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Healthcare

Health Outcomes, Healthcare Systems, and State and Local Health Policy…

MuniNet Guide’s Healthcare page provides articles and analysis of policy recommendations and issues from leading public and private organizations specializing in healthcare, particularly as it affects cities and states. We also provide charts and analysis on the fiscal health of healthcare systems, which are important not only to investors, but also indicate the ability of the health industry to provide care in a sustainable way. Changes in trends of fiscal measures also reflect changes in policy, providing evidence of success and failure.


Fiscal Trends in Hospital Systems:   Hospital Margins for 2017 Dive to Lowest Levels Since ACA Implementation

Hospital operating margins

Source: Merritt Research Services, LLC

The preliminary combined compilation of operating margins for both independent and system hospitals dipped to a barely positive level of .03 of 1%, which is headed for the worst showing since 2001.

Operating margin measures the profitability of operating revenues, meaning revenues generated organically through the provision of healthcare and related services. This is a good measure of fiscal sustainability, because it does not account for revenue from outside sources, be they public money, charitable donations, or other non-operating revenues. This chart demonstrates that the actual ‘business’ of hospitals has fallen steeply since the opening impact following the implementation of the ACA program for insurance coverage starting 2014.


State Opioid Death Rates: Analysis Indicates General Economic Conditions May Not be Determinative:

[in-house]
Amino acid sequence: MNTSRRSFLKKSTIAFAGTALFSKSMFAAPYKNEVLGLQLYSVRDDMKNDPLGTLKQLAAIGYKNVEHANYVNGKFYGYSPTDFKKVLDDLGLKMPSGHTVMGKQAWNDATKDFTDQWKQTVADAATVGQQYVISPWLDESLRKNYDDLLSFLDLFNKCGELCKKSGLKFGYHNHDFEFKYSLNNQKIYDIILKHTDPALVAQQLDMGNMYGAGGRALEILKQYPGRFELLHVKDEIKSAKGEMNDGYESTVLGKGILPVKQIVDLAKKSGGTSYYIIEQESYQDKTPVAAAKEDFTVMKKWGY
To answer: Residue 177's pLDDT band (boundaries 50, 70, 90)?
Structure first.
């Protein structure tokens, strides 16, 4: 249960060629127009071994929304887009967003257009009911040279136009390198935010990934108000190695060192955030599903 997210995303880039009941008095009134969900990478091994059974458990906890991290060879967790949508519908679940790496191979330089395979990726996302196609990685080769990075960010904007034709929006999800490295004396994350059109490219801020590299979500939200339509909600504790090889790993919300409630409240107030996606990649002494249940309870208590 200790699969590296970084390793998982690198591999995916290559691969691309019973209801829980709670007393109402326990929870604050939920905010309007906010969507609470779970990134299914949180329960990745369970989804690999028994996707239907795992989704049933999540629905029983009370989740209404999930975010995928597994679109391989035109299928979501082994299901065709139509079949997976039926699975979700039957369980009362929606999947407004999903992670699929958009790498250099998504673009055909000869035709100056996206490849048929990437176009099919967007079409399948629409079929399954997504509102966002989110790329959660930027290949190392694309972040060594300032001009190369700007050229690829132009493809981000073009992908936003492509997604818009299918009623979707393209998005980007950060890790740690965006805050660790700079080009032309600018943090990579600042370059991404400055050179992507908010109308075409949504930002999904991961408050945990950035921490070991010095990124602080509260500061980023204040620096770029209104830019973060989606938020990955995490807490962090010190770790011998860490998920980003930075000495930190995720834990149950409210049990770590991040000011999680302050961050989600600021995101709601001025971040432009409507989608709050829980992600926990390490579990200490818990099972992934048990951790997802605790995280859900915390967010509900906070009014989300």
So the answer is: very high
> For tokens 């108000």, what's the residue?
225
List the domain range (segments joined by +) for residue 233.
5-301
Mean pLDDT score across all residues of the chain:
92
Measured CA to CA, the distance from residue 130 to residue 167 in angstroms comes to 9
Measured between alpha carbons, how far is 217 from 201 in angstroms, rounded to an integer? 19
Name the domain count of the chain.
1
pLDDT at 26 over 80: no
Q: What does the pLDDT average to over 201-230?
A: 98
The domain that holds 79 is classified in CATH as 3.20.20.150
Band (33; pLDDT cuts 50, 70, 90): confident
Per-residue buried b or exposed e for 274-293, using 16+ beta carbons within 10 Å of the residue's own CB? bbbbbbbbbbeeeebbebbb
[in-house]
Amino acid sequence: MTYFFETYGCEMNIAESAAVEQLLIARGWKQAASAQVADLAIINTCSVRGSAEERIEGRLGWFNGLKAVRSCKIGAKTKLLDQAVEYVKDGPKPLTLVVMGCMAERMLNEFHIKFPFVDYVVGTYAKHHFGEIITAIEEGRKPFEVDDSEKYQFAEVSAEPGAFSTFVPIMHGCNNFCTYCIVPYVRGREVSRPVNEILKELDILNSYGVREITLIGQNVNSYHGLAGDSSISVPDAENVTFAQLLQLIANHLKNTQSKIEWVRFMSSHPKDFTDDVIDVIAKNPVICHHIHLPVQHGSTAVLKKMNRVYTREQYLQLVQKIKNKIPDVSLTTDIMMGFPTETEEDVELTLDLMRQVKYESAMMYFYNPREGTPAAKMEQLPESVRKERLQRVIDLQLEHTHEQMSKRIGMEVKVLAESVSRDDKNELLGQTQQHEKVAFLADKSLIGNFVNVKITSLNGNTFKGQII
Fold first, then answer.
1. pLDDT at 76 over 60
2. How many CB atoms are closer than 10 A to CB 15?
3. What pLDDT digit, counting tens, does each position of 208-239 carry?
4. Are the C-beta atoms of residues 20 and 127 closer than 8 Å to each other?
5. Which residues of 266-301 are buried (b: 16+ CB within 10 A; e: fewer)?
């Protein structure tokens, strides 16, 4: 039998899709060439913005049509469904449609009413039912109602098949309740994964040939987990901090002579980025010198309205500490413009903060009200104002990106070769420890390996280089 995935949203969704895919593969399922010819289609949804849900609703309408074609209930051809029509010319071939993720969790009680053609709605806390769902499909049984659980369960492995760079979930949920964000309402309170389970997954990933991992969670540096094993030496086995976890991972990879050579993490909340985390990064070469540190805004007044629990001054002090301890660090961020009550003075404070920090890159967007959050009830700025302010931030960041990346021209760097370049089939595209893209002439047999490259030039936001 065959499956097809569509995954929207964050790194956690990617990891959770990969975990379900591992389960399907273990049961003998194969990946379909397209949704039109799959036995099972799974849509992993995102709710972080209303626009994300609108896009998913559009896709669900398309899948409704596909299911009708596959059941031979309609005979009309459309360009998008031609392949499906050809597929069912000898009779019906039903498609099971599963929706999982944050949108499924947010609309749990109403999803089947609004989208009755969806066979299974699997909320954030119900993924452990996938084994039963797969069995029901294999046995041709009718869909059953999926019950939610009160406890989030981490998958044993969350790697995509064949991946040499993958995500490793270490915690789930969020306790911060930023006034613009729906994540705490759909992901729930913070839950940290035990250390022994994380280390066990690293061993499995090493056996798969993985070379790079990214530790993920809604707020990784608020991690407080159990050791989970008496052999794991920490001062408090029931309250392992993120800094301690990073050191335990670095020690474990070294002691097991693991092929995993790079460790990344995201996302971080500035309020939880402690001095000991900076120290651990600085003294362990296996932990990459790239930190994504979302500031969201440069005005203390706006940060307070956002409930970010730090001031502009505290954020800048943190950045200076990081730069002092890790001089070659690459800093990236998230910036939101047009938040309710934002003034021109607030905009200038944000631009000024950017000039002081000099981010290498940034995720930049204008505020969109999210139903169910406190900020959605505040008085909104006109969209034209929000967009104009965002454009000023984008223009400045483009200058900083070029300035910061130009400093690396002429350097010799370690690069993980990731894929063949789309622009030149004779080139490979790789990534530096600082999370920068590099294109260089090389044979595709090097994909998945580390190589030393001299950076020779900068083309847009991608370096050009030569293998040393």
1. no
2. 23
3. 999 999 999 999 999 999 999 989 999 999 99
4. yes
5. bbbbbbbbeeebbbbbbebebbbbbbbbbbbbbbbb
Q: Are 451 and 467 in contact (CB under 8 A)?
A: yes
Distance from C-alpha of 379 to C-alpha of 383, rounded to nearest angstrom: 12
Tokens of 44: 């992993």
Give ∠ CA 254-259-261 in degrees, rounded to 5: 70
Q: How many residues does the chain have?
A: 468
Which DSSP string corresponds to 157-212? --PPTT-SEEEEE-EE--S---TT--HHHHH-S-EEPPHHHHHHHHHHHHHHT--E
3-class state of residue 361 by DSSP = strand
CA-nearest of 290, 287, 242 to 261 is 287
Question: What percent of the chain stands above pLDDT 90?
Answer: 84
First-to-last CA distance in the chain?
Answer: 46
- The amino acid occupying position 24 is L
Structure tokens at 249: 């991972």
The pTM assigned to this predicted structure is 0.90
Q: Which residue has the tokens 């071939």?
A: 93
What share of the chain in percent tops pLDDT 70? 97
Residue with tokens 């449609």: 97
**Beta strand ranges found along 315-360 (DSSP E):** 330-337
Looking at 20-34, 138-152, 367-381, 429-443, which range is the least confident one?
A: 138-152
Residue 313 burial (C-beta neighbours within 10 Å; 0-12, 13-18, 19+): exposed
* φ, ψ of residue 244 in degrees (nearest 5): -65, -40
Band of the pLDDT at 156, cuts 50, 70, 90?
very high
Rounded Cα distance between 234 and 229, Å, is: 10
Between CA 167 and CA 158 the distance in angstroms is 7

The opioid epidemic is possibly the most severe public health crisis in the United States, and it has afflicted the country at alarmingly increasing rates. By 2015, the highest opioid overdose death rates occur in states of which a large part is part of Appalachia, namely West Virginia, Kentucky, and Ohio. New England states are also particularly afflicted. West Virginia’s 2006 nation-leading death rate of 16.1 would only be the 11th highest state death rate in 2015.  Read more on the impacts and causes here.





 Policy Analysis – State Impacts of Medicaid Expansion Repeal:

Kaiser Uninsured Rates

This chart, created from a study by the Kaiser Family Foundation, shows uninsured rates for non-elderly persons between 2013-2016 were 2.2% greater in states that adopted the Medicaid expansion than those that did not. Other key policy implications of repeal:

In 2015, an estimated 11 million enrollees were adults made newly eligible by the expansion who could be at risk for losing Medicaid coverage.

Studies show states that Medicaid expansion states have experienced broader economic gains, like budget savings, increased employment, savings in other states programs, such as state-funded behavioral health or corrections, and increased hospital revenues.

 





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